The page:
Photo by Melody

PlantFiles: French Aloe
Aloe pluridens

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Family: Aloaceae
Genus: Aloe (AL-oh) (Info)
Species: pluridens (PLUR-ih-denz) (Info)

One vendor has this plant for sale.

2 members have or want this plant for trade.

Category:
Cactus and Succulents

Height:
24-36 in. (60-90 cm)
36-48 in. (90-120 cm)
4-6 ft. (1.2-1.8 m)
6-8 ft. (1.8-2.4 m)
8-10 ft. (2.4-3 m)
10-12 ft. (3-3.6 m)
12-15 ft. (3.6-4.7 m)
15-20 ft. (4.7-6 m)

Spacing:
4-6 ft. (1.2-1.8 m)
6-8 ft. (1.8-2.4 m)

Hardiness:
USDA Zone 9b: to -3.8 C (25 F)
USDA Zone 10a: to -1.1 C (30 F)
USDA Zone 10b: to 1.7 C (35 F)
USDA Zone 11: above 4.5 C (40 F)

Sun Exposure:
Sun to Partial Shade

Danger:
Unknown - Tell us

Bloom Color:
Red
Orange
Bright Yellow

Bloom Time:
Mid Winter

Foliage:
Grown for foliage
Evergreen
Succulent

Other details:
This plant is attractive to bees, butterflies and/or birds
Drought-tolerant; suitable for xeriscaping
Provides winter interest

Soil pH requirements:
6.1 to 6.5 (mildly acidic)

Patent Information:
Non-patented

Propagation Methods:
From woody stem cuttings
From seed; germinate in vitro in gelatin, agar or other medium

Seed Collecting:
Unknown - Tell us

Click thumbnail
to view:

By palmbob
Thumbnail #1 of Aloe pluridens by palmbob

By palmbob
Thumbnail #2 of Aloe pluridens by palmbob

By palmbob
Thumbnail #3 of Aloe pluridens by palmbob

By palmbob
Thumbnail #4 of Aloe pluridens by palmbob

By palmbob
Thumbnail #5 of Aloe pluridens by palmbob

By palmbob
Thumbnail #6 of Aloe pluridens by palmbob

By palmbob
Thumbnail #7 of Aloe pluridens by palmbob

There are a total of 22 photos.
Click here to view them all!

Profile:

2 positives
No neutrals
No negatives

Gardeners' Notes:

RatingAuthorContent
Positive baiissatva On Sep 8, 2008, baiissatva from Dunedin
New Zealand wrote:

One of my favourite tree aloes. Its important to remember that this plant enjoys shelter- it is not a creature of the open plains and barren hillside like many others tree aloes- it is native to bushy areas where it gets some shade and cold protection.
Here in coastal Otago, New Zealand, roughly zone 9, I would not expose it to below 0C temps without a frost cloth or shelter from another tree, at least while small. It would survive, but the ornate leaves would certainly suffer damage. Mine are small and still potted and are enjoying our non-xeriscape conditions, putting on a lot of growth with the abundant moisture.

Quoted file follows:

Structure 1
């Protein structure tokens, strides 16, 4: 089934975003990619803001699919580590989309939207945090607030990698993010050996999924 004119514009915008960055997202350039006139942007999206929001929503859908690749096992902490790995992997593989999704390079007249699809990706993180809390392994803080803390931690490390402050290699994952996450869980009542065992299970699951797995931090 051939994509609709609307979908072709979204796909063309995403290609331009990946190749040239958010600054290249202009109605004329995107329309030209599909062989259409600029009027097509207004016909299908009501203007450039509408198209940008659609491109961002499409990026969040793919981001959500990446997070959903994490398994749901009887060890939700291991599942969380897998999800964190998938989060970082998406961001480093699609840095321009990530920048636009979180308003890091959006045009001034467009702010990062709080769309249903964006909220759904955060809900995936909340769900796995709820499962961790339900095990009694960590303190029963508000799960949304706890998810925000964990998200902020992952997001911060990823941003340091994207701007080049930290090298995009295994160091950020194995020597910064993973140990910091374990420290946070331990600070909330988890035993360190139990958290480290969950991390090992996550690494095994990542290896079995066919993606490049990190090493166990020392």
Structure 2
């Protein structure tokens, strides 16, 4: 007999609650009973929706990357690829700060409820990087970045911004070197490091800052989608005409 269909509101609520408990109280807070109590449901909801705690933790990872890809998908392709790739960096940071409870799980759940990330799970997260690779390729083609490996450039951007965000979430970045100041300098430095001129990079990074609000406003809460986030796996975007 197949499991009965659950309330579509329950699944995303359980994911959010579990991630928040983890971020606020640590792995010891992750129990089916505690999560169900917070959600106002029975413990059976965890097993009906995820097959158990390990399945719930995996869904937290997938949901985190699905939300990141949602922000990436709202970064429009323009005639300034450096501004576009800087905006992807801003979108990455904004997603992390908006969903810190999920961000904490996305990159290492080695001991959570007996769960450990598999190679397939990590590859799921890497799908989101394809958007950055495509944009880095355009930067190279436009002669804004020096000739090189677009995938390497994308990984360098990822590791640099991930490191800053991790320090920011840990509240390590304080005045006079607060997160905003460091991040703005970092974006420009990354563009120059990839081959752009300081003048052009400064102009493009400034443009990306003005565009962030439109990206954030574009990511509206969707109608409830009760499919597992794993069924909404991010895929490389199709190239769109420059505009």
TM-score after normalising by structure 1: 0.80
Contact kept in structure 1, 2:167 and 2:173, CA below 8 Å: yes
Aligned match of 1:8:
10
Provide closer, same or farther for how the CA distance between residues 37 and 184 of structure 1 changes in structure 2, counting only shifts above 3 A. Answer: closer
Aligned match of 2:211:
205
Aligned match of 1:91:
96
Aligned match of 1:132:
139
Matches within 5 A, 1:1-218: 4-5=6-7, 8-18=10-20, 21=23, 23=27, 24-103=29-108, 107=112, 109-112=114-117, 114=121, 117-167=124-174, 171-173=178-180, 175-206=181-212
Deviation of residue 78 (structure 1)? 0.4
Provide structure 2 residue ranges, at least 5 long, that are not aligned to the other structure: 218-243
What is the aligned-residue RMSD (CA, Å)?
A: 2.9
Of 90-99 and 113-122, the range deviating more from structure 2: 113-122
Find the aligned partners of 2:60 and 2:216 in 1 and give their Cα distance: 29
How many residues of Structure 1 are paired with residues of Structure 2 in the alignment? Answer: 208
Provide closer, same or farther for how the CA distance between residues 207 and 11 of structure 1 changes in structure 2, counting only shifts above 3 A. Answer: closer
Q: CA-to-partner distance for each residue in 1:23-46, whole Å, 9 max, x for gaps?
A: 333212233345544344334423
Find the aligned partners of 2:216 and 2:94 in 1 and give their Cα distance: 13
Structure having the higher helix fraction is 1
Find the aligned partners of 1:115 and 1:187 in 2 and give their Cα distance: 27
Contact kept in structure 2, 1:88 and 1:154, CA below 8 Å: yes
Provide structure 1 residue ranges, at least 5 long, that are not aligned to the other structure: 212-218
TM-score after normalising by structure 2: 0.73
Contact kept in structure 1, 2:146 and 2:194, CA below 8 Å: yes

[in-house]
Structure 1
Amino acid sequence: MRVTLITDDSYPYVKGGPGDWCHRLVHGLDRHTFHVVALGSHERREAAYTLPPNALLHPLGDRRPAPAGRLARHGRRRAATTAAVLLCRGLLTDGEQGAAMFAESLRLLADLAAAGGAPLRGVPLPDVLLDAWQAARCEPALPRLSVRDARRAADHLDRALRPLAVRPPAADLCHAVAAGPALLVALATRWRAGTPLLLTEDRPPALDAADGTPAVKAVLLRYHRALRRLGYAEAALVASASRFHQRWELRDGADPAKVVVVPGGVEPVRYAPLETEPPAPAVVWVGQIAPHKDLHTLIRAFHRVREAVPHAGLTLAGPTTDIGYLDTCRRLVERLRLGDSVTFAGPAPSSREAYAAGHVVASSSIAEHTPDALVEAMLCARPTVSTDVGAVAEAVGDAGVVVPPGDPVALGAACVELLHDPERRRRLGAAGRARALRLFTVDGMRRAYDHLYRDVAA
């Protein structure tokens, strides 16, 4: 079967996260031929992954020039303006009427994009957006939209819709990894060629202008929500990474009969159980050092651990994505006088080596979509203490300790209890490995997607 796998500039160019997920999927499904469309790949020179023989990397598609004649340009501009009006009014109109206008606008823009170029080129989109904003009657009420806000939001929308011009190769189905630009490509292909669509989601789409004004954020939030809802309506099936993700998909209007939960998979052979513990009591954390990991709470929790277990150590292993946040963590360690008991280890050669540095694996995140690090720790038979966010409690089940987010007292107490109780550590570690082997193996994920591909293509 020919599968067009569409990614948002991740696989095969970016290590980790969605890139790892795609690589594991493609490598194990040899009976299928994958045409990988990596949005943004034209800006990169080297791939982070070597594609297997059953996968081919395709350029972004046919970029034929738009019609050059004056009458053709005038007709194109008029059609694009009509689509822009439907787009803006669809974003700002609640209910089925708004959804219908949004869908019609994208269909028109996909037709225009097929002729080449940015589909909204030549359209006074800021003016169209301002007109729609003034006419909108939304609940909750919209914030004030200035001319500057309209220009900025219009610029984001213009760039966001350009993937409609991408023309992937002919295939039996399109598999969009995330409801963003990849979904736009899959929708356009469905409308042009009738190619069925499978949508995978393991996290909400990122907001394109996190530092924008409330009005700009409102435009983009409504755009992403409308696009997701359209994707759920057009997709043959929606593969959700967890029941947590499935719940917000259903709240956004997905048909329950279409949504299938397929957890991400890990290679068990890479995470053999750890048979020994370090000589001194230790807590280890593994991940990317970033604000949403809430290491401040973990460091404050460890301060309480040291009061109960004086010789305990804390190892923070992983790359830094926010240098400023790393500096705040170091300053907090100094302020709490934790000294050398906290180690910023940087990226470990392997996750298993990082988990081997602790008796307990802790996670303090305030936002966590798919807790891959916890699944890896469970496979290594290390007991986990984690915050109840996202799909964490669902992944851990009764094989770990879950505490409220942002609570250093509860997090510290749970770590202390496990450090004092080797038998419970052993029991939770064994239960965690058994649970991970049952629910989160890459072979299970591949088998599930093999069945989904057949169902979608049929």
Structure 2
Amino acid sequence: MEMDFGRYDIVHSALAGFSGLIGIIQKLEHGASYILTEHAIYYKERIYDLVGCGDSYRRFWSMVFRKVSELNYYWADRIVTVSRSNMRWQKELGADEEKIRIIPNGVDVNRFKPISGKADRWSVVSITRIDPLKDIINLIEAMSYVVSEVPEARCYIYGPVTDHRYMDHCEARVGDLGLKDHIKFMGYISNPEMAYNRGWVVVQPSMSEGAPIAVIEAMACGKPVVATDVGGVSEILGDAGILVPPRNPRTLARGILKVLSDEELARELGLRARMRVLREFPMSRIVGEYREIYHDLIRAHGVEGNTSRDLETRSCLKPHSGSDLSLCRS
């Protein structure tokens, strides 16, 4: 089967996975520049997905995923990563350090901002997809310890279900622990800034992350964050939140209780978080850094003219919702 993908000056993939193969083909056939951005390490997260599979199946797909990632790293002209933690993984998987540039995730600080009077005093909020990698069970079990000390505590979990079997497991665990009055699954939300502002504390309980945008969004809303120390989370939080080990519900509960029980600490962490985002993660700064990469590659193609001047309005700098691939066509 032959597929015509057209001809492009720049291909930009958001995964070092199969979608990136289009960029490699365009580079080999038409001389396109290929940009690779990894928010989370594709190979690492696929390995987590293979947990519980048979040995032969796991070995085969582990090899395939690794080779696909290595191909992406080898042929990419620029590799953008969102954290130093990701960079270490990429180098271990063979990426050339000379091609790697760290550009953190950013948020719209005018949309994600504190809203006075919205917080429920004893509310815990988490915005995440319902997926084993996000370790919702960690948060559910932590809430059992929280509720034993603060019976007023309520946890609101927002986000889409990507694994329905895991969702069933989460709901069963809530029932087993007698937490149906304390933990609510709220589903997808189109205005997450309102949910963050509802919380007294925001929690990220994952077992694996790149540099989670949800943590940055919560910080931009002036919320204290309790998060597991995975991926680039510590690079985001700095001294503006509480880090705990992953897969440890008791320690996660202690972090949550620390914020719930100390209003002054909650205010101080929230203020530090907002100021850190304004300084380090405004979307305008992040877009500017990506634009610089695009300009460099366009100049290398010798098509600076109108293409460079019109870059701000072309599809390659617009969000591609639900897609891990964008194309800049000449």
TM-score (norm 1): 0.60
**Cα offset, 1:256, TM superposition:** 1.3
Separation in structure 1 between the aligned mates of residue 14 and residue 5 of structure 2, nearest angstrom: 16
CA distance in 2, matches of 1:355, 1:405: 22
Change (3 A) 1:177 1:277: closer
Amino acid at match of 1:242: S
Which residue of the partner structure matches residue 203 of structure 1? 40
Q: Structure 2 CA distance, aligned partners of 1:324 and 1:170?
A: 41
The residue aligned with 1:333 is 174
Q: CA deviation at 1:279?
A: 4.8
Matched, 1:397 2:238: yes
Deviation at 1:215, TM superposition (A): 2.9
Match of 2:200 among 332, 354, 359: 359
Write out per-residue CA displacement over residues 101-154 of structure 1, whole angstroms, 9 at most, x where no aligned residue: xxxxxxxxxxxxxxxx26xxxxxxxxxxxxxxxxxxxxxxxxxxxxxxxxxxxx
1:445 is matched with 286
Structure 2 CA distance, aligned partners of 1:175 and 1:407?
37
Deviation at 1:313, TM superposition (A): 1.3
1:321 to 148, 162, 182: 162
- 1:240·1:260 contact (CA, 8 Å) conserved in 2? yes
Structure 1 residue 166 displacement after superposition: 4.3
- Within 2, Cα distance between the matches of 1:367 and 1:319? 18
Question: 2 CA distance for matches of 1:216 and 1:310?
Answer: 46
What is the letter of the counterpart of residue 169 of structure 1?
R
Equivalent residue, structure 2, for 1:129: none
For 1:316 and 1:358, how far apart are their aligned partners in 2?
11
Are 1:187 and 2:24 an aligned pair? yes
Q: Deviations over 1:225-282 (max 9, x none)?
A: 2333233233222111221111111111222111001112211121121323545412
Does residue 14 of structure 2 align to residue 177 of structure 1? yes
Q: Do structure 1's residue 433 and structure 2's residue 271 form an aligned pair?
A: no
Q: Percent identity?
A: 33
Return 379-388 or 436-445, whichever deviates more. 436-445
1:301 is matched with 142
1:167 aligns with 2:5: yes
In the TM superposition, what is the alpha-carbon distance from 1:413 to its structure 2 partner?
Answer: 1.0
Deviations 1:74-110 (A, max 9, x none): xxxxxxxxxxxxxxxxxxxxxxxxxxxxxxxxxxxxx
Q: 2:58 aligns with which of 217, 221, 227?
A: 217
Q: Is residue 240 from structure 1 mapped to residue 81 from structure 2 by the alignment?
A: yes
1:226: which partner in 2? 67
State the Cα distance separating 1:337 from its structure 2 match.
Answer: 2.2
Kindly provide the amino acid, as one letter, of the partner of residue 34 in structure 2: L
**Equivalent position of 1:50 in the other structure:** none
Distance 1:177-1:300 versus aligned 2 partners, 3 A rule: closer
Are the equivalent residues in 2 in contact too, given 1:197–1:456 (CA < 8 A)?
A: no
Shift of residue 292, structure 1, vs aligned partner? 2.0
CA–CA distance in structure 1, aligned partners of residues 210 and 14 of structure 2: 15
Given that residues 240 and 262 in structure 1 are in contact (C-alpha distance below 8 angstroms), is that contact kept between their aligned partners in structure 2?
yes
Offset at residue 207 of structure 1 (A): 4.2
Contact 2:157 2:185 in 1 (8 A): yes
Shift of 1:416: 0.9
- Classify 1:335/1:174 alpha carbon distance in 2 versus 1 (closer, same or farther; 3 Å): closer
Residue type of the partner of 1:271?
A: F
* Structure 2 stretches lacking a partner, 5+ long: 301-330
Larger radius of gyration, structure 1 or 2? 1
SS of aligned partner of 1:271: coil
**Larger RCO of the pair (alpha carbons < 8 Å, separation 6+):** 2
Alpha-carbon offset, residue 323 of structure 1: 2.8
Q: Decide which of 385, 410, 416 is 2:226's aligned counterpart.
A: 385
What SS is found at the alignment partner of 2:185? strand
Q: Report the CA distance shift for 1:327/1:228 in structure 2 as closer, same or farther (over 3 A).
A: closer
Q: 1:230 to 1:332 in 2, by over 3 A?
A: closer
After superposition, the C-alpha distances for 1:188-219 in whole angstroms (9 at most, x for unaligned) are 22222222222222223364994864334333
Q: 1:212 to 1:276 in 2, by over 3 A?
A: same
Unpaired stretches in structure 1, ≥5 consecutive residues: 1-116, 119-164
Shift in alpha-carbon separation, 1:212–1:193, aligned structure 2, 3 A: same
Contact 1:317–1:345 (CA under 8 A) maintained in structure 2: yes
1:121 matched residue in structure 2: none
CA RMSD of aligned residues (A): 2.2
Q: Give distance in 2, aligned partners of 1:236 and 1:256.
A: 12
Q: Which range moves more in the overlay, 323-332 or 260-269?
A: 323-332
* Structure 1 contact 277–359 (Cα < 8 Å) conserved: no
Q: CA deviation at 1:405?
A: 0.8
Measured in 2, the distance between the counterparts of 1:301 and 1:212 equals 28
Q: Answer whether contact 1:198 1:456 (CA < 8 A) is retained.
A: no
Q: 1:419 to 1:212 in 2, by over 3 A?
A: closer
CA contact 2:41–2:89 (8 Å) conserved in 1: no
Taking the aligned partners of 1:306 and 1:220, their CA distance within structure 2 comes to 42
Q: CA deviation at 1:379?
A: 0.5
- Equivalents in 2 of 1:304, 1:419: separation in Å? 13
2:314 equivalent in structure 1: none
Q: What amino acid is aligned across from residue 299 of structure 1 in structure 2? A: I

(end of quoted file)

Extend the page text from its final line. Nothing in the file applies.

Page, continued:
They are oddly charming with their prehistoric looks and affinity with other, non-succulent plants- they are one of the easier aloes to fit into a general garden.
It's a gratifyingly fast grower with consistent watering, gaining height even faster than my barberae or speciosa.
In this southern winter of 09 (colder than normal and soggy) the pluridens I had planted out sustained considerable damage to it's leaves, even with the protection of a cabbage tree (cordyline) overhead. It's easily bitten by cold/hot wind, hail and just general winter conditions, so maybe keep them potted unless you have REALLY good shelter from rough coastal conditions.

See some of our plants and gardenalia at The Blackthorn Orphans.com

Positive palmbob On Feb 3, 2004, palmbob from Acton, CA (Zone 8b) wrote:

Very attracitve tree aloe, sometimes solitary, but usually branching... great salmon-colored flowers in winter, though. Flowers are usually branched and grow about 2' above the head of the plant. This plant seems to hold a much larger number of leaves than most other tree aloes, though the leaves are thinner (up to 2' long). Easy to grow from cuttings I found. So far this is uncommon in botanical gardens in the non-hybrid form. First picture I loaded above is a hybrid it turns out. The 'pure' plant is known for its recurved leaves (curving elegant downward- not up as in that first photo I added). Solitary plants somewhat resemble small palms since they have similar sillohuettes, and carry so many leaves and have thin, tall stems that do not hold the old leaves (bare). Leaves have numerous, closely spaced small white teeth (were the name 'pluridens' comes from).

South African native.

Regional...

This plant has been said to grow in the following regions:

Fresno, California
La Presa, California
Los Angeles, California
Mission Viejo, California
Reseda, California
Vista, California



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